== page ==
Recently, I watched the series “Band of Brothers” and was surprised by its quality. The often-used introductory statements of the former members of the 101st were very impressive and lent the series a lot of credibility.
After having watched the final episode, I decided I wanted to read Ambrose’s book that served as the source material. Little did I know what awaited me…
While the series provided me with a consistent, logical stream of events, the book simply adds anecdote after anecdote. There’s hardly any reflection on those anecdotes either and if Ambrose tries to add his analysis, it’s sadly lacking, simple-minded and features lots of “Hooray patriotism” that’s part of what actually caused the war he narrates about.
At times, Ambrose tries to actually support his point of view by citing other works – unfortunately, they’re mostly of similarly questionable quality as his own book. In other cases, Ambrose references books that were written in the immediate aftermath of the war and, thus, still strongly subjectively influenced.
I for one, though, prefer a proper history book on World War II and not a collection of anecdotes. Especially the strong hero worship Ambrose resorts to all too often…
“The coordination with British artillery was outstanding. So was Winters.”
… truly annoys me: From what I’ve read about Richard Winters beyond the praise Ambrose never ceases to sing, Winters must have been a great man and soldier. So let his deeds speak for himself, i. e. Wikipedia calmly tells us that “Winters agreed for the statue to bear his resemblance on the condition that the monument would be dedicated to all junior officers who served and died during the Normandy landings.” when they erected a statue at Utah Beach.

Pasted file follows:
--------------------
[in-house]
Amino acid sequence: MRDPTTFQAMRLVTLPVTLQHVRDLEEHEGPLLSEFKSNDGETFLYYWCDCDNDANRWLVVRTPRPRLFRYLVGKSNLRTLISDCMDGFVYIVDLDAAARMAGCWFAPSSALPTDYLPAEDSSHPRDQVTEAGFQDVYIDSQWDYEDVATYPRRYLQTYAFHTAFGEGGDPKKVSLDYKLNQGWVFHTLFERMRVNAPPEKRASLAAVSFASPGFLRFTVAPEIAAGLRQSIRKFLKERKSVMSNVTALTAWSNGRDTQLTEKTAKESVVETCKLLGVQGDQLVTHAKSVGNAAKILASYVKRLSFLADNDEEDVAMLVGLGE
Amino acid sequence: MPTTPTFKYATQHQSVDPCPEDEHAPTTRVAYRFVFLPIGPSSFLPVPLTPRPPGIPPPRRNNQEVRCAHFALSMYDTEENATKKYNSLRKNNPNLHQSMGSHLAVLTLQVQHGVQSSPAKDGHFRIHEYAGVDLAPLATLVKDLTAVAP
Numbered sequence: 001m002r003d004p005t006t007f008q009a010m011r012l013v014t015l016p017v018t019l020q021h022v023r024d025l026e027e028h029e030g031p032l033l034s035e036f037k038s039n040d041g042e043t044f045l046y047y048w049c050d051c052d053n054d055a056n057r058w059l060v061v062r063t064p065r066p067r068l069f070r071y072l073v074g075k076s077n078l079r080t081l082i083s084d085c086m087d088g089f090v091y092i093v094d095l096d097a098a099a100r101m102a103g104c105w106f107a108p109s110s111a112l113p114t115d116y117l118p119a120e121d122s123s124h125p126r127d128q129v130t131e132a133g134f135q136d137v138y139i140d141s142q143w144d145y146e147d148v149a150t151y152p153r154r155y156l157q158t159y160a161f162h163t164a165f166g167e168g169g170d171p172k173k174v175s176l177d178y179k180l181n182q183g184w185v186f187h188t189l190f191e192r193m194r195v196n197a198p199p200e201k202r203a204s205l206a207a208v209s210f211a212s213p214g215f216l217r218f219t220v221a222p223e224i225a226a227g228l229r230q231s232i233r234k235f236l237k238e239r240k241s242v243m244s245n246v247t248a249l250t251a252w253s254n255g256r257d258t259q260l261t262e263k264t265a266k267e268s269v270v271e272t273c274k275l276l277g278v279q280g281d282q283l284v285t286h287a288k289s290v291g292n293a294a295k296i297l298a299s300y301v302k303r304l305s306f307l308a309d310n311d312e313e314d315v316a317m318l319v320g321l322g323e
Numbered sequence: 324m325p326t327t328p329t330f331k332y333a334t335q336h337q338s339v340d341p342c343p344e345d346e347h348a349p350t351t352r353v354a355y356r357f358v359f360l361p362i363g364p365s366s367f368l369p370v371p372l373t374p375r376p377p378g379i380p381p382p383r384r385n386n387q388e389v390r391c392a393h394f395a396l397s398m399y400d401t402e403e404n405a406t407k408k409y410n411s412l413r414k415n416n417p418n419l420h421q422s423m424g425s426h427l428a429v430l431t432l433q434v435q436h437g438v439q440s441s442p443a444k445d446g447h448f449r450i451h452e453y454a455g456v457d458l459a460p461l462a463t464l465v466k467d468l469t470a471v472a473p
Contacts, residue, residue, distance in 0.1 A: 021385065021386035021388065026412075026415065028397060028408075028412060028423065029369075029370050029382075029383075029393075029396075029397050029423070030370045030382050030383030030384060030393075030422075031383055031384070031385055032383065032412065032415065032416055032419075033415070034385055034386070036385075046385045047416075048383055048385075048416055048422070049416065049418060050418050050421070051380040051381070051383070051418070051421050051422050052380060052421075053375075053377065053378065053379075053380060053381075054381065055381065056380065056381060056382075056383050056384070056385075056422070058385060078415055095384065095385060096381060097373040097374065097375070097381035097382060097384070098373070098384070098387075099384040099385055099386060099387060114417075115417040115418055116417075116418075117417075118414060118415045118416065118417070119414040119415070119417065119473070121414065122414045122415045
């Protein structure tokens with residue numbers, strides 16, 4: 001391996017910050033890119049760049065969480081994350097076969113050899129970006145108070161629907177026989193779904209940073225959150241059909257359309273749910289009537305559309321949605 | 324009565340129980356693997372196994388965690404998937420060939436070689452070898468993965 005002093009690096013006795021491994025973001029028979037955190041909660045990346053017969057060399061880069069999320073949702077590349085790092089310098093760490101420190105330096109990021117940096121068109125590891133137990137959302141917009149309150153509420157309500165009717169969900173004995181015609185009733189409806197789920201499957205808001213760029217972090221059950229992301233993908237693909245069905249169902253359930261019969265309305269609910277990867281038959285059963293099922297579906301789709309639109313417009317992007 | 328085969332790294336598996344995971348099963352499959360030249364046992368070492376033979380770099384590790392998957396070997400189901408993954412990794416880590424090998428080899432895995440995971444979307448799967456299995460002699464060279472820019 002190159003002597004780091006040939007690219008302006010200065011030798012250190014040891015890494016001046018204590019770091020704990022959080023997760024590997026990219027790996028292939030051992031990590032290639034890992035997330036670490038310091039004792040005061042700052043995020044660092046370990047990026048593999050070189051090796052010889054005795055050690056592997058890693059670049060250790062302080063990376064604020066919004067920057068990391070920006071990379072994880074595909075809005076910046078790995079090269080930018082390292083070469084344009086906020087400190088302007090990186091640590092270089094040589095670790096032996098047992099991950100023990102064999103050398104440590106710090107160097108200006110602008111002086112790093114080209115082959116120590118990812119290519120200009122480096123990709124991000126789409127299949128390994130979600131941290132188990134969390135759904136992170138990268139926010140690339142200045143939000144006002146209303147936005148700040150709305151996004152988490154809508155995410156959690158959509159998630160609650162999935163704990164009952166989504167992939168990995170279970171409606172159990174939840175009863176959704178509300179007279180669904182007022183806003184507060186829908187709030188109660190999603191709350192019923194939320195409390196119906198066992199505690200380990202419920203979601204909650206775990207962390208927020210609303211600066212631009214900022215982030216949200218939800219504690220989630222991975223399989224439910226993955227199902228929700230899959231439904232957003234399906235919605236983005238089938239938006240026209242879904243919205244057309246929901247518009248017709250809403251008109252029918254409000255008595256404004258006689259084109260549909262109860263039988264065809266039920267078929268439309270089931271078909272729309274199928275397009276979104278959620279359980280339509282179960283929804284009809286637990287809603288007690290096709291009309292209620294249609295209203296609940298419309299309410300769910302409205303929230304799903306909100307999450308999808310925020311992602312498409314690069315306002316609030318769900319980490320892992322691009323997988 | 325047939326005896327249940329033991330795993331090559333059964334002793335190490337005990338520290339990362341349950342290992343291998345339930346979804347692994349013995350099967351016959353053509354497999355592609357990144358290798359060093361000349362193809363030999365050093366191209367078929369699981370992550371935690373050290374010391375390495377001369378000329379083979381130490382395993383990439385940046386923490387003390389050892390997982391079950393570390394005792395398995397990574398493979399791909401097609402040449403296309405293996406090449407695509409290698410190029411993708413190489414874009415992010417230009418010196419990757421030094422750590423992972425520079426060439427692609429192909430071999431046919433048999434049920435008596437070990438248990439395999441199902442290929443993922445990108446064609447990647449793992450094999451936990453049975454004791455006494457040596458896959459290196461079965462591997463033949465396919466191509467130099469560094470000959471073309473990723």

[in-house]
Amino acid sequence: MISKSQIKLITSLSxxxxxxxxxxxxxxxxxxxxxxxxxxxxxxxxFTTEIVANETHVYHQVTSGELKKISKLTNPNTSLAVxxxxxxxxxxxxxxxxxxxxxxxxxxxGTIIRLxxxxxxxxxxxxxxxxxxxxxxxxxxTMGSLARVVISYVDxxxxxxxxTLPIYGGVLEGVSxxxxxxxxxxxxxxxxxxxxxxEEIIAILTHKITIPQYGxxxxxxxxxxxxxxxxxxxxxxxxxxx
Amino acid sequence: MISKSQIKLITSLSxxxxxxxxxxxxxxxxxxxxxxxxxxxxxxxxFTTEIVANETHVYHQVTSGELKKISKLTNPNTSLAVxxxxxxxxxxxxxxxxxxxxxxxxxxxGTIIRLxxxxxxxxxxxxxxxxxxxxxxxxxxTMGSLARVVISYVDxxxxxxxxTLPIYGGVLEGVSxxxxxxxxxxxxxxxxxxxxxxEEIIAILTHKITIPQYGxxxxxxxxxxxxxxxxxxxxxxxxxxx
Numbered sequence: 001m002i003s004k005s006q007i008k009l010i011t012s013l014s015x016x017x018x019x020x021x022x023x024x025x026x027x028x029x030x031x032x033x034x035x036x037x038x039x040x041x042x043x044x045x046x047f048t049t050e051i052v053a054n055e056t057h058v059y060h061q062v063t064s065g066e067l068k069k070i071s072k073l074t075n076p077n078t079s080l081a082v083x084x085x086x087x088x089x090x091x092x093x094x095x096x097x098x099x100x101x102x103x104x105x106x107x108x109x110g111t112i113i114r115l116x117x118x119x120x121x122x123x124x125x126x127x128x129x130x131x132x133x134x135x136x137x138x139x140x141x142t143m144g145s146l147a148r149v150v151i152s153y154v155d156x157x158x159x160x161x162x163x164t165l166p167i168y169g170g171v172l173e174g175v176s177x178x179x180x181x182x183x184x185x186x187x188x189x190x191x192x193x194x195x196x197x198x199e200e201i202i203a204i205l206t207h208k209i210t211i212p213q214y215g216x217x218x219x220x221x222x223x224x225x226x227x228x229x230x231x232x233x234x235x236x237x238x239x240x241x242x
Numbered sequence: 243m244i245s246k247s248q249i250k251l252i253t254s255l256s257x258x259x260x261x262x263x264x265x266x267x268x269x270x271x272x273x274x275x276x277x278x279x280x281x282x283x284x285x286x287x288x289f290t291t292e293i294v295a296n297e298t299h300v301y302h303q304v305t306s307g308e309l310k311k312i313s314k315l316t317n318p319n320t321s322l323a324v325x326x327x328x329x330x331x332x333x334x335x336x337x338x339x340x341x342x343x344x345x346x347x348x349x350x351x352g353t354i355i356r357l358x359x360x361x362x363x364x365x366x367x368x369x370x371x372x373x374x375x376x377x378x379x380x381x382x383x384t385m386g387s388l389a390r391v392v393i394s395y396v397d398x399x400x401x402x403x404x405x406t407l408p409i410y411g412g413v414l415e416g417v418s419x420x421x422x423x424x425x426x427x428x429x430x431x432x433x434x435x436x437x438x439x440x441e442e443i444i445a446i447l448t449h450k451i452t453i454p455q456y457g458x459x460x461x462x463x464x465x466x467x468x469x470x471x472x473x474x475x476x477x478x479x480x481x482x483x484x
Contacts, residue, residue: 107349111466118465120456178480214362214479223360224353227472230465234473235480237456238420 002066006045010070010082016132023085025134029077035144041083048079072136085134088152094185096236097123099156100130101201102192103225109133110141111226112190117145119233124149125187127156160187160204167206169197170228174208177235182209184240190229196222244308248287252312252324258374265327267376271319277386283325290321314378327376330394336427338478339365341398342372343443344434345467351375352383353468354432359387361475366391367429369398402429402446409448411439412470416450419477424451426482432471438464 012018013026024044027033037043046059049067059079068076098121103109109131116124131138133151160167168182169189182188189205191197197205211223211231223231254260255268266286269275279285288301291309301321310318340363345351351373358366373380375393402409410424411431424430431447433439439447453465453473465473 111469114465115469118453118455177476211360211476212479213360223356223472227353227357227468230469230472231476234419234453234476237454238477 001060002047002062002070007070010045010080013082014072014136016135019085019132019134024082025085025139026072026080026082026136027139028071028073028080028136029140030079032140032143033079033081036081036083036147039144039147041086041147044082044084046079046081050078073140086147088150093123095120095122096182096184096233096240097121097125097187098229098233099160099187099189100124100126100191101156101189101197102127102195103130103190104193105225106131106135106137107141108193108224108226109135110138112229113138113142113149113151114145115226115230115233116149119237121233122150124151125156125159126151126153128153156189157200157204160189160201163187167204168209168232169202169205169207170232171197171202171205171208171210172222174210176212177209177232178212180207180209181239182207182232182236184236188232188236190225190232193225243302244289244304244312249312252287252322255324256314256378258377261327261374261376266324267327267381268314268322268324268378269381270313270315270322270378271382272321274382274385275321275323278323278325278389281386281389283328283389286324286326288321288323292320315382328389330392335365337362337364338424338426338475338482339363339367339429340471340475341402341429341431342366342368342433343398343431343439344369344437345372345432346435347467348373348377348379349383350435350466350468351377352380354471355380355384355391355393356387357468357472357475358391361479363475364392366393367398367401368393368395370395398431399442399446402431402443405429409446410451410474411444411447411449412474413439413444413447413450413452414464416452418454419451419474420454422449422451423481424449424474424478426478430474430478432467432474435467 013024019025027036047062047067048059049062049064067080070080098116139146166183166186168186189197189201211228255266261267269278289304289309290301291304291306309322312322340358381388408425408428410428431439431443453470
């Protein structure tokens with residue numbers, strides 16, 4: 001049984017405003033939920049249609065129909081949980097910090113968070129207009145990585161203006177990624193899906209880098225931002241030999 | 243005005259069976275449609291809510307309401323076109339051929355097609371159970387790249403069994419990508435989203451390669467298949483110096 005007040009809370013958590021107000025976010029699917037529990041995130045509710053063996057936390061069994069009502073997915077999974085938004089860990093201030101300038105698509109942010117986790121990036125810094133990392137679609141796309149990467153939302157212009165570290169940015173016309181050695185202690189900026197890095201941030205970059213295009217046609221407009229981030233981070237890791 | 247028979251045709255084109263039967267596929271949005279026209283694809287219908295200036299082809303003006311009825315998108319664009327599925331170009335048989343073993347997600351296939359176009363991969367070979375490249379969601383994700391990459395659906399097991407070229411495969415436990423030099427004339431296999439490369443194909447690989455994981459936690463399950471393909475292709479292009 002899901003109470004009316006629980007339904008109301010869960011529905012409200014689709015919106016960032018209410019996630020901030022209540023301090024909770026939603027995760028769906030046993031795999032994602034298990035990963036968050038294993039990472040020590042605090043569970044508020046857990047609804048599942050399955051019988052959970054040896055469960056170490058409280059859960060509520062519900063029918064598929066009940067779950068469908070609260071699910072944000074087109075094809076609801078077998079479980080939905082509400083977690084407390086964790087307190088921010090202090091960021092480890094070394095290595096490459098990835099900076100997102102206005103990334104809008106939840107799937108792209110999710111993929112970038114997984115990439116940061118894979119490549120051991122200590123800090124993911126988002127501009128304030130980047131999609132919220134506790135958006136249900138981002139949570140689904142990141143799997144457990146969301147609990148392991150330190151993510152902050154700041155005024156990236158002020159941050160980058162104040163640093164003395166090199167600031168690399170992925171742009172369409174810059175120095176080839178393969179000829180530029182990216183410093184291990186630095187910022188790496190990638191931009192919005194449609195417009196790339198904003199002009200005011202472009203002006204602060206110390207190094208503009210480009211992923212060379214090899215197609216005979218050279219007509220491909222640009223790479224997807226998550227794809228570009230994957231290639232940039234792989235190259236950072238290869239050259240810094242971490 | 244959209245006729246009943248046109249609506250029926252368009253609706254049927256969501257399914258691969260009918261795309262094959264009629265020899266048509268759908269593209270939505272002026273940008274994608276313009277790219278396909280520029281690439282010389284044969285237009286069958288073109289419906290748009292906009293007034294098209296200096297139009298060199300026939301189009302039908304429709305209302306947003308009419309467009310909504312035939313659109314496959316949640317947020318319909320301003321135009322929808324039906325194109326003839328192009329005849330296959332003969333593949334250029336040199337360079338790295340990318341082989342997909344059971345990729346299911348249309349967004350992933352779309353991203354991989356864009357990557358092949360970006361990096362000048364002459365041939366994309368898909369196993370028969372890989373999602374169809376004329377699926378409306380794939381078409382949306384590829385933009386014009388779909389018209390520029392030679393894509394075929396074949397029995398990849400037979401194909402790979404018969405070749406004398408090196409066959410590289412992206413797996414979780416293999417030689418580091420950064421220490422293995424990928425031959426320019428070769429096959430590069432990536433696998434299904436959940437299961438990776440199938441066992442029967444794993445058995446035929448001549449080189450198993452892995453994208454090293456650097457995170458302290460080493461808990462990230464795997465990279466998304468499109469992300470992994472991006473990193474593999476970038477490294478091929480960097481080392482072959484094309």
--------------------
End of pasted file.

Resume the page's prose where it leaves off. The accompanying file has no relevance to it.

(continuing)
The series itself actually shows the war as it must have been – grim, bloody, horrible. Whenever the former soldiers get to talk about their experiences, they often get teary-eyed whereas Ambrose belittles what they got through by making it look easier than it could have been. And, in fact, Ambrose stoops so low that he compares the weapon fire to Fourth of July fireworks:
“War provides more meat to satisfy that lust than any other human activity. The fireworks displays are far longer lasting, and far more sensational, than the most elaborate Fourth of July display.”
Wow, just wow. Please excuse me for a moment while I vomit.
Sometimes, Ambrose tries to get in some German quotes into his narrative. Unfortunately, these parts obviously got very little attention by him or his editors:
“Hinkle, Hinkle, ist das du“
To me, a German, this reads like a verbatim translation of “is that you?” whereas proper German would be “bist Du das?”. It’s a small issue but it’s just as annoying as the military abbreviations Ambrose liberally uses. Yes, after a few uses I can imagine “CP” stands for Command Post”, “OP” for “Outpost” or “ETO” for “European Theatre of Operations” but till I figured it out, it was confusing for no good reason.
And while Ambrose obviously is a fan of “Ike” Eisenhower, he’s not good enough to avoid belittling other famous commanders like Montgomery:
“Ike needed the 101st and 82d in the line. It was a question of timing. Eisenhower wanted to attack even before New Year’s Eve, but Monty, commanding the forces (all American) on the northern shoulder of the Bulge, stalled and shivered and made excuses, so it did not happen.”
A little xenophobia bordering on racism (another cause for the war) isn’t something Ambrose is much concerned with either:
“Had Reese been a Soviet, German, or Japanese soldier, this little nonincident probably would have turned out differently.”
(The “non-incident” he’s talking about is severe, continued sexual harassment of civilians, by the way.)
War crimes are talked about but there’s no criticism at all:
““You shoot him,” Moone replied. “The war is over.” Skinny Sisk stepped forward, leveled his M-1 at the fleeing man, and shot him dead.”
Pretty much the only decent thoughts expressed in “Band of Brothers” are, interestingly, those of Richard Winters again who remembers reaching a concentration camp:
“The memory of starved, dazed men,” Winters wrote, “who dropped their eyes and heads when we looked at them through the chain-link fence, in the same manner that a beaten, mistreated dog would cringe, leaves feelings that cannot be described and will never be forgotten. The impact of seeing those people behind that fence left me saying, only to myself, ‘Now I know why I am here!’ ”
I will definitely avoid Ambrose as an author from now on and stick to my history books.